BBC audiences learn nothing from Paul Adams’ report of Ariel Sharon the man – who lost his first wife and eldest son in separate tragic accidents and his second wife to cancer. Neither will audiences learn much about Sharon the soldier and statesman because what little cherry-picked information is provided is presented without the vital historic context necessary to understand the man and his deeds.

In fact it is all too obvious that Adams’ real aim in this pre-prepared film was not to tell BBC audiences about the life of Ariel Sharon, but to use the occasion of his death as a vehicle from which to advance a collection of myths and memes originating from a specific political viewpoint of the Arab-Israeli conflict. In that mission, he has undoubtedly reached his target. The fact that in order to do so, BBC editorial guidelines – including those on the proper presentation of interviewees – were trampled is clearly not of interest to either this particular BBC correspondent or his editors, just as long as audiences have got the ‘right’ message.

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BBC R4 presents jaundiced account of San Remo conference


BBC R4 presents jaundiced account of San Remo conference

BBC Radio Four is currently running a series called “Terror Through Time” presented by Fergal Keane. The instalment broadcast on Friday, October 11th 2013 was titled “Stirring the Middle East” and it can be heard here.

Stirring the Middle East

The programme’s synopsis reads:

“Fergal Keane on the British promises in WW1 that provoked conflict in the Middle East.
The collapse of the Ottoman Empire after the First World War created a tangle of real and potential conflicts for world leaders to unpick.

The toughest nut to crack would be the future of Palestine. In the course of the war Britain, in its desperate quest for allies, made three apparently contradictory promises. A secret deal with France divided future control of the Middle East between the two allies, the Sharif of Mecca was offered a new Arab kingdom and support for a Jewish homeland had been given to the Zionists.

Fergal Keane explores how Britain tried and failed to untangle the knots, setting the scene for so much of the violence to come in the Middle East.”

As may be expected of an item lasting less than fourteen minutes which relies mainly upon input from anti-Zionist campaigning academic Avi Shlaim and partisan activist academic Rashid Khalidi, the programme presents a very one-sided, partial view of the Balfour Declaration and the Mandate for Palestine. Interestingly – in light of a recent ECU decision – the two contributors are introduced solely by their academic titles, with no “summarizing the standpoint” of Shlaim and Khalidi whatsoever. 

Listeners to the programme will not hear a full explanation of the legal status of the Mandate for Palestine issued by the League of Nations or of the fact that 77% of its intended area was later assigned to the creation of Transjordan. They will hear of the Hussein-McMahon Correspondence, but not that none of the letters referred to Palestine or that – as was reported in The Times in 1937 – Sir Henry McMahon later clarified:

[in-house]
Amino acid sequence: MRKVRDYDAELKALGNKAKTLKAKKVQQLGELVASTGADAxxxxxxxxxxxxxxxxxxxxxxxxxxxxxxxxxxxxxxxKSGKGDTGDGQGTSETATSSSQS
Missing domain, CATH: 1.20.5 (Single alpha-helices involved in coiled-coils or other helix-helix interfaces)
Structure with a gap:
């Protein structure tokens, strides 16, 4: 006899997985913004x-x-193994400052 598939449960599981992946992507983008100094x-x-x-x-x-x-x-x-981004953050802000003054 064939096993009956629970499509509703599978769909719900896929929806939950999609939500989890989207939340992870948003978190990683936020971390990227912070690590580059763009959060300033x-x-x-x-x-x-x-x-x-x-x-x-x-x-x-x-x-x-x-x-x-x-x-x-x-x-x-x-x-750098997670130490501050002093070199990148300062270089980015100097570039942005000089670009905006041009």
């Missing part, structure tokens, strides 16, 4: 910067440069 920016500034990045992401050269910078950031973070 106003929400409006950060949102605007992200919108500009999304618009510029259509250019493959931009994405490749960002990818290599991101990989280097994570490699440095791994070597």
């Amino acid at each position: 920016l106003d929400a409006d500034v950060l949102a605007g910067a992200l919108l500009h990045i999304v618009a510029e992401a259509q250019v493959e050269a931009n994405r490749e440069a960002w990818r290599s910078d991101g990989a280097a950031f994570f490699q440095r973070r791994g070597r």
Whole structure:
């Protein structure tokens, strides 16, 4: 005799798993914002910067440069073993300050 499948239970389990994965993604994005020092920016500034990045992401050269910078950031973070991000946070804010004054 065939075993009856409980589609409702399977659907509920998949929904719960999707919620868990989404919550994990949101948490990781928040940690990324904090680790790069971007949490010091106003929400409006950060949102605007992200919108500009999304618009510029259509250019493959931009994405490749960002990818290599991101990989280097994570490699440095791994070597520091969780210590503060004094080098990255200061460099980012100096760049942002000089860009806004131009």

“I feel my duty to state, and I do so definitely and emphatically, that it was not intended by me in giving this pledge to King Hussein to include Palestine in the area in which Arab independence was promised. I also had every reason to believe at the time that the fact that Palestine was not included in my pledge was well understood by King Hussein.”

Listeners will hear Keane say at 11:22:

“There were no Palestinian Arabs present at all when the final deal was reached at San Remo in 1920.”

They do not get any explanation of the fact that at the time no such separate identity as “Palestinian Arabs” was recognized – certainly not by Arab powers with their own territorial designs. Neither are they made aware that at the same San Remo conference, the foundations for Syria, Lebanon and Iraq were laid down.  

They will hear Khalidi’s politically motivated description of the Balfour Declaration as a vehicle for British imperialism and hear him claim that “the Palestinians were basically written out of the Mandate” whilst he himself completely ignores the fact that the “non-Jewish population of Palestine” referred to in the Balfour Declaration actually includes other groups besides the “Arabs and Palestinians” to whom he exclusively refers.

In light of the presentation of this politicized version of events, readers may be interested to know that the episode of this series scheduled for Monday, October 14th at 13:45 BST is titled “The Murderous Mandate”. According to the synopsis:

“In April 1947 a young French woman talked her way past the guard of Dover House in Whitehall. She told him she was desperate to use the toilet. In fact Betty Knut was there to plant a bomb at the very heart of the Empire. It proved just how far some militants were willing to go in their campaign to remove the British from Palestine.

In part six of Fergal Keane’s exploration of the changing nature of terrorism, he’s joined by historian David Cesarani and former member of the Jewish underground, Hanna Armoni, to tell the story of the dedicated groups that turned their bombs and bullets against the British occupation.”

The Murderous Mandate